Cliff Groh

GUEST COMMENTARY: Maintaining Alaska’s fiscal system is mathematically impossible

Editor’s Note: This is the sixth installment of a continuing series on the Permanent Fund dvidend and Alaska’s fiscal system. Alaska’s fiscal system is unworkable under all likely scenarios. Detailed projections from the Alaska Legislative Finance Division — the non-partisan expert scorekeepers — show that the numbers make our situation untenable. That agency’s scenarios feature these base assumptions: • This year’s adopted budget growing in future years at the assumed rate of inflation • Revenues as projected by the Alaska Department of Revenue from existing taxes and royalties • Additional revenues from the draw on the Permanent Fund Earnings Reserve Account according to the 2018 statutes establishing the percent of market value, or POMV, system • No revenues from broad-based taxes such as an income or sales tax (because Alaska has not received any since repealing the personal income tax in 1980) • Growth of the Permanent Fund at 7 percent annually If you go by current law, the State of Alaska’s future outlays include Permanent Fund dividends paid under the formula contained in statutes adopted in the 1980s (although those statutes have not been followed since 2015). That statutory dividend formula provides that 50 percent of the Permanent Fund’s income (or earnings) in a category defined as “income available for distribution” or “statutory net income” is paid out each year as dividends, which would provide a dividend of nearly $3,000 this year (instead of the $1,606 that was actually distributed). Putting together those elements and assumptions makes for a grim picture. The State of Alaska is more than $1 billion short each year over the next eight years, according to Legislative Finance Division. This is bad given that the total annual outlays — the budget with the dividends under the statutory formula — are in the range of $6.5 billion to $7.7 billion in that period, and the projected deficits continue to grow for decades afterwards. (These numbers are unrestricted general funds or UGF, which is what most people mean when they refer to the “budget” and the “revenues.”) Starting in fiscal year 2022 (which is less than two years away), the scenario shows that all the rest of the state’s spendable savings disappear except for the Permanent Fund Earnings Reserve Account, which would then be spent down to fill the gap. Spending down the Permanent Fund Earnings Reserve Account has multiple negative effects, including reducing future dividends. And it’s easy to see more downside than upside. Dial up some plausible negative events — a substantial drop in oil prices or in the financial markets, a major earthquake or act of terrorism that shuts down the Trans-Alaska Pipeline System, a decline in the worldwide demand for oil. Those events could cause the Permanent Fund Earnings Reserve Account to go to zero, leaving the state broke and unable to fulfill its obligations. That would be the fiscal reckoning for Alaska. These terrible outcomes lead some Alaskans to reach for what economists call heroic assumptions. One favorite prospective savior is more Alaska oil production, but it is highly improbable that higher production can be enough by itself to fill the large and persistent fiscal shortfall. Another hoped-for rescuer is relatively small and painless budget cuts, but an approach relying heavily on additional budget cuts collides with inconvenient facts. First, the budget has been cut a lot in the past half-dozen years, and most low-hanging fruit is gone. Second, the reactions this year to Gov. Michael J. Dunleavy’s proposed budget cuts and vetoes show that most Alaskans don’t want an approach that seems to cut too much too fast. It remains important to search for budget efficiencies, but that effort cannot save us by itself. Mathematical reality will not allow our fiscal system to stay intact, and it does not appear that we will be easily bailed out of these big and continuing deficits. This means that we need to look at additional revenues from broad-based taxes and/or oil tax increases — as well as examine the system for paying dividends. That’s the topic of the next installment in this series. Cliff Groh is an Anchorage lawyer and writer as well as the legislative assistant who worked the most on the bill in 1982 that created the Permanent Fund dividend we have today.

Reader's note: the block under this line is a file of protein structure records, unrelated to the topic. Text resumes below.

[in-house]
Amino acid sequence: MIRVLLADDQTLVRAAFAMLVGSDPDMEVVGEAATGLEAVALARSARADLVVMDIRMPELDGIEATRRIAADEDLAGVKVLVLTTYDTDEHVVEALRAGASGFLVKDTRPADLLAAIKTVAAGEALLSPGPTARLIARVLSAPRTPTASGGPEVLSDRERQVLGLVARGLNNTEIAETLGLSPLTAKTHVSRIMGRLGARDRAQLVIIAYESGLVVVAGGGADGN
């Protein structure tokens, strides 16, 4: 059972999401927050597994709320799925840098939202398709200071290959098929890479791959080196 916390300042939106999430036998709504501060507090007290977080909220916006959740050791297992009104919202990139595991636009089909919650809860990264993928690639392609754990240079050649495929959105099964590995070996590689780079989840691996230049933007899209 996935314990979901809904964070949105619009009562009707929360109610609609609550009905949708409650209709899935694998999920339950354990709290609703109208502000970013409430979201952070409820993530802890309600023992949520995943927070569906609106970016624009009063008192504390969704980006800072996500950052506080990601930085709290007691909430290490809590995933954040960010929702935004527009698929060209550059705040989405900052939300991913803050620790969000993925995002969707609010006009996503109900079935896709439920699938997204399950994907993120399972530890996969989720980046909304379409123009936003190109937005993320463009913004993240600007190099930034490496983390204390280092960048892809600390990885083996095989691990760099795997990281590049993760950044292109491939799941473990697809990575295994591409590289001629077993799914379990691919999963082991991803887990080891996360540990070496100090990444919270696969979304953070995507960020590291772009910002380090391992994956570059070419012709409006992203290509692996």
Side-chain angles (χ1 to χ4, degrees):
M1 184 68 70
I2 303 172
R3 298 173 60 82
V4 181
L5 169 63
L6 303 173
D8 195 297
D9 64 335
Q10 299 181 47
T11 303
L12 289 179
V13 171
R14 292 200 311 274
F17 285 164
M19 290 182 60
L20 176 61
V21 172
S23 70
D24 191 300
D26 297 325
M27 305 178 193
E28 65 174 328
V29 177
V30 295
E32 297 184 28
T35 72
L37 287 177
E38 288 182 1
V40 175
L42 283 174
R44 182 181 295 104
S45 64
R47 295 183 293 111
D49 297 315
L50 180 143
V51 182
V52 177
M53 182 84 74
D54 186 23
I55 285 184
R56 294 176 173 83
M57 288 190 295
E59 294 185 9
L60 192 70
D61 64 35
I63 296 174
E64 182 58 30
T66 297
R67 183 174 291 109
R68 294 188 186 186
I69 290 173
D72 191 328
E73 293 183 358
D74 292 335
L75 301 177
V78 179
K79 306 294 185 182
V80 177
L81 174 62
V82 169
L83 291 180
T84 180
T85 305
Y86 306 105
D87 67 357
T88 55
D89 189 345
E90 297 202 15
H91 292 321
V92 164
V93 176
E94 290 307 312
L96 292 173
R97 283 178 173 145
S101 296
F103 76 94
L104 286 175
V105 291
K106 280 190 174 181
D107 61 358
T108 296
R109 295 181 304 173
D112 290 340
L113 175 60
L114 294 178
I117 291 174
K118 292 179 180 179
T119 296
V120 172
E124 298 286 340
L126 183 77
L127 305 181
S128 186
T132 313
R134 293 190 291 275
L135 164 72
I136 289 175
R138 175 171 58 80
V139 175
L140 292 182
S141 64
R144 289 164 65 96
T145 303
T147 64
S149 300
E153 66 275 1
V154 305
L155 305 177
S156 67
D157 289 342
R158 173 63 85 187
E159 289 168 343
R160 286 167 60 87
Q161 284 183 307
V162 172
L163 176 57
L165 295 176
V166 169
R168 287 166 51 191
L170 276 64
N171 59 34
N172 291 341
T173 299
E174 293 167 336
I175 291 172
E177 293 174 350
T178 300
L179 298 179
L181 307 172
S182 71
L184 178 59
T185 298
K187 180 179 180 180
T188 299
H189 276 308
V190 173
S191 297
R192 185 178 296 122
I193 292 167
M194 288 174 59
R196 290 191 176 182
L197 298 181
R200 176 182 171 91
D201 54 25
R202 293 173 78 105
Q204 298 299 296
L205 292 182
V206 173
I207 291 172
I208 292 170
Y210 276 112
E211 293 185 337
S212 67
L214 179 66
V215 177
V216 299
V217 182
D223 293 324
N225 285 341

GUEST COMMENTARY: POMV system vs. dividend formula: something’s got to give